Minneapolis, Feb 25 - The Minnesota Bio-Fuels Association (MN Bio-Fuels) and Heartland Corn Products hosted a virtual plant visit for 11 students from Central High School in Norwood Young America on Feb 23.
The students, from grades 10 to 12, were given a virtual presentation on the plant’s operations, facts on the ethanol industry and a video on the ethanol production process.
“We were happy to have the opportunity to share our story with the next generation. It is important that they know clean energy is made in their backyard, while creating value for rural communities and consumers across the country,” said Gary Anderson, CEO of Heartland Corn Products.
Established in Winthrop in 1994, Heartland Corn Products began producing 10 million gallons of ethanol in 1995. Today, it produces close to 120 million gallons of ethanol a year.
“The virtual ethanol plant visit we hosted on Feb 23 is the first of a series of virtual plant visits we will host this spring. Due to the ongoing COVID-19 pandemic, this is the safest way for students to learn about ethanol production and the ethanol industry,” said Tim Rudnicki, executive director of MN Bio-Fuels.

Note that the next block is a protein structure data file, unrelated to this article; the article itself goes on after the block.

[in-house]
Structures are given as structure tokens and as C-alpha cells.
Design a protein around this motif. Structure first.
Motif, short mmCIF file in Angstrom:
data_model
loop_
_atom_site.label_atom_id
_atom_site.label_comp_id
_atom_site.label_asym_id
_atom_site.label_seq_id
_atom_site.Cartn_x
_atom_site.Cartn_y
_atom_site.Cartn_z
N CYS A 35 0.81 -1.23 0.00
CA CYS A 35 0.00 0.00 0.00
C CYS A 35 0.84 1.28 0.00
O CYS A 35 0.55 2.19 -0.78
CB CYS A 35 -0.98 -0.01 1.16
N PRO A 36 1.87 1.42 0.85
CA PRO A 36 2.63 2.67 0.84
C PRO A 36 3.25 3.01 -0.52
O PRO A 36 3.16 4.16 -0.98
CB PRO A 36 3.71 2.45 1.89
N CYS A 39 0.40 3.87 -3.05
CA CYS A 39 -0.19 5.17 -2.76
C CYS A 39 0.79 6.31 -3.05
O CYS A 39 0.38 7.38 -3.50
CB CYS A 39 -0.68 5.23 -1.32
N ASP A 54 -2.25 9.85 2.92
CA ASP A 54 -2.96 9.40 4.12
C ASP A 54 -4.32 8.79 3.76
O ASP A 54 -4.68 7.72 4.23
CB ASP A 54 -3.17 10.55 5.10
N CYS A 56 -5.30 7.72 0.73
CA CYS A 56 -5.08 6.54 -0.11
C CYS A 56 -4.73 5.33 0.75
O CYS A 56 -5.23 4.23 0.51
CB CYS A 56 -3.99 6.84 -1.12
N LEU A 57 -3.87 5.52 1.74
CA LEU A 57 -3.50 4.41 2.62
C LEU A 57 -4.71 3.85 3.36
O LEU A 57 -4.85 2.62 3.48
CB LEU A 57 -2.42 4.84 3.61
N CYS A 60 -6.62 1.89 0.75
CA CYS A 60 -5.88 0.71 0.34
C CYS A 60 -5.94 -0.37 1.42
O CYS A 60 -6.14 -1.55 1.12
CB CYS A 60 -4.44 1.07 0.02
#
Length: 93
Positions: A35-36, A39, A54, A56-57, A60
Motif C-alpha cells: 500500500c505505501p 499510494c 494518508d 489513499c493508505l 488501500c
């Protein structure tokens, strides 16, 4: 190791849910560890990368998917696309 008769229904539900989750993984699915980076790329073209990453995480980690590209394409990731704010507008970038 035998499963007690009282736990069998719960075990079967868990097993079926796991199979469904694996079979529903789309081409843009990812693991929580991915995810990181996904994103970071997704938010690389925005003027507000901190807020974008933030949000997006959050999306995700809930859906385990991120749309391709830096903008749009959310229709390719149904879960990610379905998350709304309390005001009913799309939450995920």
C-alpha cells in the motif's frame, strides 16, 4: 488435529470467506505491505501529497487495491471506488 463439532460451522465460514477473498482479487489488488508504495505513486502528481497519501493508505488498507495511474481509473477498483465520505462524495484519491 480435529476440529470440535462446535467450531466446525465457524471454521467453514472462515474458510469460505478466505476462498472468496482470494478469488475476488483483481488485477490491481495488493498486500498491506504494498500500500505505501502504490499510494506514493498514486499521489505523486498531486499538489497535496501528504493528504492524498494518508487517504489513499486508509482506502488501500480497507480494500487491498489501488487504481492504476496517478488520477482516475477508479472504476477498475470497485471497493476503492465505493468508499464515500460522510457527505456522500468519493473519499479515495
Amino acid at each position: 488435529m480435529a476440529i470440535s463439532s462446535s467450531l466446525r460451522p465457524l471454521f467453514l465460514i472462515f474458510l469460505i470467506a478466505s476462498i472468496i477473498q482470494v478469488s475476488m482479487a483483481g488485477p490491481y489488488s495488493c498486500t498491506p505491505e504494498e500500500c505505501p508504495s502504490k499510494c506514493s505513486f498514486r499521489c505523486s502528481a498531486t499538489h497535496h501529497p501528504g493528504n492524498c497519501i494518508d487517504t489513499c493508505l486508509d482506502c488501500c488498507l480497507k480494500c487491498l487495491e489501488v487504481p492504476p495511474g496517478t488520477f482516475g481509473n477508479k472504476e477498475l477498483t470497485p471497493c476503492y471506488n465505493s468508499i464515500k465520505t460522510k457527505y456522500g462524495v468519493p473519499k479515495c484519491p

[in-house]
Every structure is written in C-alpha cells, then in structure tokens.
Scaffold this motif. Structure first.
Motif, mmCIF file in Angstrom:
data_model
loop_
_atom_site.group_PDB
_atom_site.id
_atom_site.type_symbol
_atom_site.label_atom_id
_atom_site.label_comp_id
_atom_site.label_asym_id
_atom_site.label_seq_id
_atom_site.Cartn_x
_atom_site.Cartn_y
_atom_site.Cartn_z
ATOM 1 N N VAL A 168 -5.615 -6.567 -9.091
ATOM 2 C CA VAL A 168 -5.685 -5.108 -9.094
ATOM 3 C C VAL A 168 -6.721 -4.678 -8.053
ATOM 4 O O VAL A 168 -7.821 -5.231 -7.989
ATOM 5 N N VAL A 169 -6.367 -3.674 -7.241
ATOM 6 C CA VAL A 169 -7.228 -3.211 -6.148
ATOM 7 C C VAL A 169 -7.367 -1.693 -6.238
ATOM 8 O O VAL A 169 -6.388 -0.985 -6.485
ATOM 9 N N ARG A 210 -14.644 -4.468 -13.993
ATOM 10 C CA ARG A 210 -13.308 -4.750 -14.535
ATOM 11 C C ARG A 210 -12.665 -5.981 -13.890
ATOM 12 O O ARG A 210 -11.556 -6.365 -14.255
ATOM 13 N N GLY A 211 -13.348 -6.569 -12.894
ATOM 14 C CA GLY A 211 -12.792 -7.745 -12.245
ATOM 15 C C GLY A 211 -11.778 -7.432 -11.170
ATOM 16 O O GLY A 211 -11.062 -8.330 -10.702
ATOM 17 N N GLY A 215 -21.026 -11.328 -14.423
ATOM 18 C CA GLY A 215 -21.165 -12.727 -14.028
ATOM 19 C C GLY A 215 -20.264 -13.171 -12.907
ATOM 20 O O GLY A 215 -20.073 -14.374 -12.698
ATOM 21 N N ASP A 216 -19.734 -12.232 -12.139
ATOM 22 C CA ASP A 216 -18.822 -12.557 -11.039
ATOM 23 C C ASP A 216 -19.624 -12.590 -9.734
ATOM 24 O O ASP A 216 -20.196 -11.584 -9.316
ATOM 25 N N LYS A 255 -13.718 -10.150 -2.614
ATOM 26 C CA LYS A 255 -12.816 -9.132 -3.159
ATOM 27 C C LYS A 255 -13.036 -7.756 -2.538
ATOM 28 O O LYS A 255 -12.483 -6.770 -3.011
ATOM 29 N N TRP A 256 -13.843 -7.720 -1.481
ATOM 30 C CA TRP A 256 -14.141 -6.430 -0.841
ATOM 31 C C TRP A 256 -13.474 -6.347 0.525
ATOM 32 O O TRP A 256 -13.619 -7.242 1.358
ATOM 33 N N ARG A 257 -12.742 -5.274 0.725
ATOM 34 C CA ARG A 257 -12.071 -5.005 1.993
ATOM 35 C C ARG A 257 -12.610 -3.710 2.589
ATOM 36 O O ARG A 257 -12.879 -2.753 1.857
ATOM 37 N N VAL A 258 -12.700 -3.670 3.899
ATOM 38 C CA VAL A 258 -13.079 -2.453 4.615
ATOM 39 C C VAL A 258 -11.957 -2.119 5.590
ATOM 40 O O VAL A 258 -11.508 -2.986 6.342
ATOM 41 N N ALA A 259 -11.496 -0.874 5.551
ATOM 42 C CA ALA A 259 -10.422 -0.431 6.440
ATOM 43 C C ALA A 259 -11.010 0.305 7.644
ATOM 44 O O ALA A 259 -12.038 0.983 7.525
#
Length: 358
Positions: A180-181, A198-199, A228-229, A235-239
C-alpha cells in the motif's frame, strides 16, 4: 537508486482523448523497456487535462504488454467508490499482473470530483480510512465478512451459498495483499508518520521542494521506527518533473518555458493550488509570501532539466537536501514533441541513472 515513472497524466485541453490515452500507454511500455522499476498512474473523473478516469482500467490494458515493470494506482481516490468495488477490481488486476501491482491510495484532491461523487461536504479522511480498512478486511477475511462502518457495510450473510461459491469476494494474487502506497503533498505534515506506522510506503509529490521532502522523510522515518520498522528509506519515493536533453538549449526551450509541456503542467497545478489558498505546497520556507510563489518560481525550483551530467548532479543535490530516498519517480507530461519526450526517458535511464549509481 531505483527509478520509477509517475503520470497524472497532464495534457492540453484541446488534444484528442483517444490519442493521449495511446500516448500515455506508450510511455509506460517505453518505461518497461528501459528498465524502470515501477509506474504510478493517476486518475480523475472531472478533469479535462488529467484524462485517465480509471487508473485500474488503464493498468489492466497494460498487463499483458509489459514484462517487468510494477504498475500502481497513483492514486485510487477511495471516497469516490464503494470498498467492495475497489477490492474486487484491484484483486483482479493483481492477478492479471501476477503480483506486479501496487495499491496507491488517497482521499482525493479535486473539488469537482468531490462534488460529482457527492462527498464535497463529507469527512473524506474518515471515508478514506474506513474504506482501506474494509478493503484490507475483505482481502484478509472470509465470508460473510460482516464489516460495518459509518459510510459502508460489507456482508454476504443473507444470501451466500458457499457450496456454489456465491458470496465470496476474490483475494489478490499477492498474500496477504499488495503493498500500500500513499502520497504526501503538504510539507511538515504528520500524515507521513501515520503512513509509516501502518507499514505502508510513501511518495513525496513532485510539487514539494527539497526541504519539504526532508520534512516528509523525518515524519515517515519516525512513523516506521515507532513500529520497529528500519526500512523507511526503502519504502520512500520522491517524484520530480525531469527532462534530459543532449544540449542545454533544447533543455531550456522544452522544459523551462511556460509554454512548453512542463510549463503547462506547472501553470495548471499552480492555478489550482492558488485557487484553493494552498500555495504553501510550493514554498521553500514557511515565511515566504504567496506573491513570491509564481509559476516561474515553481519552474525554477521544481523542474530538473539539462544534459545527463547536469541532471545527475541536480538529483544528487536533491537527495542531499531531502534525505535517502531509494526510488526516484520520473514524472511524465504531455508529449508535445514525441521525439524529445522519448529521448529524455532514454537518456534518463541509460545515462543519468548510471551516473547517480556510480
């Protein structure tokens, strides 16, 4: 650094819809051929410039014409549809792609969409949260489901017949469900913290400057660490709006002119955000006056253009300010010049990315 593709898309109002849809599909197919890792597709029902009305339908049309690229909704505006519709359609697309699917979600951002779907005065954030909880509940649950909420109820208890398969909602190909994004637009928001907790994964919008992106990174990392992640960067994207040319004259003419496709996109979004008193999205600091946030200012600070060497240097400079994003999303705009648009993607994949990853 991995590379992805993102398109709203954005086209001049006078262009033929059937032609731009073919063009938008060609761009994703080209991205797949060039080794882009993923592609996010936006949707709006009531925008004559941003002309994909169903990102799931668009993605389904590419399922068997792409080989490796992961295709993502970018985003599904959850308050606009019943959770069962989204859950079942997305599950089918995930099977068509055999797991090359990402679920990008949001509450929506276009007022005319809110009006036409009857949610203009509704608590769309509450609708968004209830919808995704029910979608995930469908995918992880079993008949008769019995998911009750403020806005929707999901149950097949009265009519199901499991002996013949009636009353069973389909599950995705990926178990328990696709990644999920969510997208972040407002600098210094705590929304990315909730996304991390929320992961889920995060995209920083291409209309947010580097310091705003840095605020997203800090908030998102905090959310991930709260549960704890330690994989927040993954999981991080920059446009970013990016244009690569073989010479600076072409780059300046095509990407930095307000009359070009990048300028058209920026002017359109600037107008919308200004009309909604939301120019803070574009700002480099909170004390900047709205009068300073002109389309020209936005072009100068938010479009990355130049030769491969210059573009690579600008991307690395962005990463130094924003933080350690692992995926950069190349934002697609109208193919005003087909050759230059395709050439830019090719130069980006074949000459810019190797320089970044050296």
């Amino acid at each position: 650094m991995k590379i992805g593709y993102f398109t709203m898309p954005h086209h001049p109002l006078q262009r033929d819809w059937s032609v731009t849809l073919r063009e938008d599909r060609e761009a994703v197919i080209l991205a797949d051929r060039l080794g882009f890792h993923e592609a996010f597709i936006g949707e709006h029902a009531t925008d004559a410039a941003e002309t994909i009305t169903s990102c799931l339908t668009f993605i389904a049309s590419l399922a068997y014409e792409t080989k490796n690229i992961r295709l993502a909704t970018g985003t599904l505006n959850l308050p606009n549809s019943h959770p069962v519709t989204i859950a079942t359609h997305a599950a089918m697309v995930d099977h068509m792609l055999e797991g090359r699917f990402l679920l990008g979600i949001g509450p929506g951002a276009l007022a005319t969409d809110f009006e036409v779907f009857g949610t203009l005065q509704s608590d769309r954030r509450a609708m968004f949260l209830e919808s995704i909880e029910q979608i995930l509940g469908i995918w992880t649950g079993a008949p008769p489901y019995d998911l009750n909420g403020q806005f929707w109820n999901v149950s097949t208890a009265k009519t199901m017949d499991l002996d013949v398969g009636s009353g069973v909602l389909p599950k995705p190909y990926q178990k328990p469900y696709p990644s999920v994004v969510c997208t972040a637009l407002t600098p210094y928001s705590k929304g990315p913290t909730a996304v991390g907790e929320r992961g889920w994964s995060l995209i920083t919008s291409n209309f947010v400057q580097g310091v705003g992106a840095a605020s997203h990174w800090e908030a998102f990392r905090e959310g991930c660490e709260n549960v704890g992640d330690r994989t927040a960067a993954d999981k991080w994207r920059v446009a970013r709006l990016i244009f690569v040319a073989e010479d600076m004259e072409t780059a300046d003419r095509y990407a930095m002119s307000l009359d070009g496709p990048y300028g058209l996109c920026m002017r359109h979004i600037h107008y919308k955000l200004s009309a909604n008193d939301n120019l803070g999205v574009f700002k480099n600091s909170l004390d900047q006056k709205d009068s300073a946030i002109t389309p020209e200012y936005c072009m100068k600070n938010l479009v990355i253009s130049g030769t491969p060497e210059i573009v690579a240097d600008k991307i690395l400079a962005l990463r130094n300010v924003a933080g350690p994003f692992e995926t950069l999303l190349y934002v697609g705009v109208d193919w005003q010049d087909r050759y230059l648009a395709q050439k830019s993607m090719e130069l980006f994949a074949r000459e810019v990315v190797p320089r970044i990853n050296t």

Heartland Corn Products is a membership co-op comprised of farmers and farmer-owned organizations and these members provide the corn used by the plant to produce ethanol, Anderson said.
Heartland Corn Products receives some 40 million bushels of corn a year.
Anderson explained to the students that with yeast and enzyme technologies, Heartland Corn Products is close to producing 3 gallons of ethanol per bushel.
The students were from the school’s small gas engines class.
Jim Mesik, agriculture teacher at Central High School, participated in the virtual tour.
“The small gas engines class was able to benefit greatly from this virtual ethanol experience. They now understand how it is made, how it is blended with gasoline to meet our fuel needs, and all the environmental positives from ethanol. This makes the students more informed consumers of fuels and more knowledgeable engine students.
“Plus, ethanol is good for the rural Minnesota economy, so understanding how buying ethanol is good for our local communities is another benefit. The class is very appreciative of this educational opportunity,” he said.